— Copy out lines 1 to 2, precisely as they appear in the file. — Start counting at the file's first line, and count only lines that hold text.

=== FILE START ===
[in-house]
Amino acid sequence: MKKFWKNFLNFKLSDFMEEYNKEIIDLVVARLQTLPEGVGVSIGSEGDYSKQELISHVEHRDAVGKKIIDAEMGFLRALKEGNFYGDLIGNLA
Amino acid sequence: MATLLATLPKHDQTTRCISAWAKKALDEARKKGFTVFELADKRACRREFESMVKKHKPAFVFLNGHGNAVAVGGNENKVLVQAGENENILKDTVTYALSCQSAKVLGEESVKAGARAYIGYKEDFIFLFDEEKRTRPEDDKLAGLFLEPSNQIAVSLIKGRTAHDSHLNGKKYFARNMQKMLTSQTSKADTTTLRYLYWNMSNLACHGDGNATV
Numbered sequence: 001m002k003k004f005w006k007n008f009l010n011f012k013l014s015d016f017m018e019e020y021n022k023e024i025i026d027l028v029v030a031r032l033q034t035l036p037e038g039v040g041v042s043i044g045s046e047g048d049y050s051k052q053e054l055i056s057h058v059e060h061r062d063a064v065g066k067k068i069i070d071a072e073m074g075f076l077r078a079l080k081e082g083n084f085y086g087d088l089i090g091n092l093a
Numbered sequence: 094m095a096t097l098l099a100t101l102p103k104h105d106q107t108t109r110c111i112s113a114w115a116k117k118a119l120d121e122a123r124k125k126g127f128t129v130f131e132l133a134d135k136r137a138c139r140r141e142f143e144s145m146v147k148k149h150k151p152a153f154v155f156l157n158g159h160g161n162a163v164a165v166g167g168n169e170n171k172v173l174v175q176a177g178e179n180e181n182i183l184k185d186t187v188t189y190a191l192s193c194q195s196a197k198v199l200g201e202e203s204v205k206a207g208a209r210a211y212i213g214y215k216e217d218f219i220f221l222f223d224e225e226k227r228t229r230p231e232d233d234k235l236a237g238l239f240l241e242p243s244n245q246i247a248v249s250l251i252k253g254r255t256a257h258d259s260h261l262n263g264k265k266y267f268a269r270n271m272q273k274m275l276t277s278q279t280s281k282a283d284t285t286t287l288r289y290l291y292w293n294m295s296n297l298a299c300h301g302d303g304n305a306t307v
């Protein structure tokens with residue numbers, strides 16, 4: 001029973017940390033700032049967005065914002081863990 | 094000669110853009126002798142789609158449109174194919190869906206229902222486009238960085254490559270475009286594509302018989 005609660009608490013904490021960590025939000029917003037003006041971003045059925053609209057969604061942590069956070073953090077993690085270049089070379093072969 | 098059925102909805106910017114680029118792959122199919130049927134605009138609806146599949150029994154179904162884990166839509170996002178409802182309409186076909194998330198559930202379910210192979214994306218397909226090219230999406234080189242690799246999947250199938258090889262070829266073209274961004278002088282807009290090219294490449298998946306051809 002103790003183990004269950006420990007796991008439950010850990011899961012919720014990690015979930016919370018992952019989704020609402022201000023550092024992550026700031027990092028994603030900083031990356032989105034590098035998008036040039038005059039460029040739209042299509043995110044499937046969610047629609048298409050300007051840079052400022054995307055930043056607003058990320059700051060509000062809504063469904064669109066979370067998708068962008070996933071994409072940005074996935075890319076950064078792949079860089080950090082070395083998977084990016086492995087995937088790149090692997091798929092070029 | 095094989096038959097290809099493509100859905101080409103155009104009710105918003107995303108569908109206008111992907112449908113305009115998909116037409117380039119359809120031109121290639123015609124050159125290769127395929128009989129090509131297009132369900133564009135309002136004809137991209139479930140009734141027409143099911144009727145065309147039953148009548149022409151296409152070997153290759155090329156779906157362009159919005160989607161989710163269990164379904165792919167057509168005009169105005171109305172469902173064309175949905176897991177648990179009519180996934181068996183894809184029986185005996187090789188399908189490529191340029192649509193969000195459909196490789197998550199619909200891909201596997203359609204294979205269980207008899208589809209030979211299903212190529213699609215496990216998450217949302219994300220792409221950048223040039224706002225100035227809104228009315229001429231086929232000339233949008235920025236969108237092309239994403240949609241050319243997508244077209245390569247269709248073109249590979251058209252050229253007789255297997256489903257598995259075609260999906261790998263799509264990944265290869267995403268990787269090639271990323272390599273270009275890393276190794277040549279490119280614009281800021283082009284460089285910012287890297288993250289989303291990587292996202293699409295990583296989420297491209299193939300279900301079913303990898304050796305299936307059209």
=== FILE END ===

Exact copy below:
[in-house]
Amino acid sequence: MKKFWKNFLNFKLSDFMEEYNKEIIDLVVARLQTLPEGVGVSIGSEGDYSKQELISHVEHRDAVGKKIIDAEMGFLRALKEGNFYGDLIGNLA